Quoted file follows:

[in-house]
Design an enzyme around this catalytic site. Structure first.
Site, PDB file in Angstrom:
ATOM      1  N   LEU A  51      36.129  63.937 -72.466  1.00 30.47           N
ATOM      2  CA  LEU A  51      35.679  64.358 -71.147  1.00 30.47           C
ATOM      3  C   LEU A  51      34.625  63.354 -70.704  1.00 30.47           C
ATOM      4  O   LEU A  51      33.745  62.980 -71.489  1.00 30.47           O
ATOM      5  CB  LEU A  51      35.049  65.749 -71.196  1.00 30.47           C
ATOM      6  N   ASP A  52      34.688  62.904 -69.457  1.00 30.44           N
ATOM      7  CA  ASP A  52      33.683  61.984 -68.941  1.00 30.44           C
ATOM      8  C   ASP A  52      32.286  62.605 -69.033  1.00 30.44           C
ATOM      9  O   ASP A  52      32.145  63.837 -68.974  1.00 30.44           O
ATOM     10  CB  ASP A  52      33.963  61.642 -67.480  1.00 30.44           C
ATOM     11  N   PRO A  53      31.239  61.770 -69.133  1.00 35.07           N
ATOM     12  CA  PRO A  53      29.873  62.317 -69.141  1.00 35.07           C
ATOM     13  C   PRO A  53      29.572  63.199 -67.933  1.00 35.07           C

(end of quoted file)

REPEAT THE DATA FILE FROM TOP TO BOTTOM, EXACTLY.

[in-house]
Design an enzyme around this catalytic site. Structure first.
Site, PDB file in Angstrom:
ATOM      1  N   LEU A  51      36.129  63.937 -72.466  1.00 30.47           N
ATOM      2  CA  LEU A  51      35.679  64.358 -71.147  1.00 30.47           C
ATOM      3  C   LEU A  51      34.625  63.354 -70.704  1.00 30.47           C
ATOM      4  O   LEU A  51      33.745  62.980 -71.489  1.00 30.47           O
ATOM      5  CB  LEU A  51      35.049  65.749 -71.196  1.00 30.47           C
ATOM      6  N   ASP A  52      34.688  62.904 -69.457  1.00 30.44           N
ATOM      7  CA  ASP A  52      33.683  61.984 -68.941  1.00 30.44           C
ATOM      8  C   ASP A  52      32.286  62.605 -69.033  1.00 30.44           C
ATOM      9  O   ASP A  52      32.145  63.837 -68.974  1.00 30.44           O
ATOM     10  CB  ASP A  52      33.963  61.642 -67.480  1.00 30.44           C
ATOM     11  N   PRO A  53      31.239  61.770 -69.133  1.00 35.07           N
ATOM     12  CA  PRO A  53      29.873  62.317 -69.141  1.00 35.07           C
ATOM     13  C   PRO A  53      29.572  63.199 -67.933  1.00 35.07           C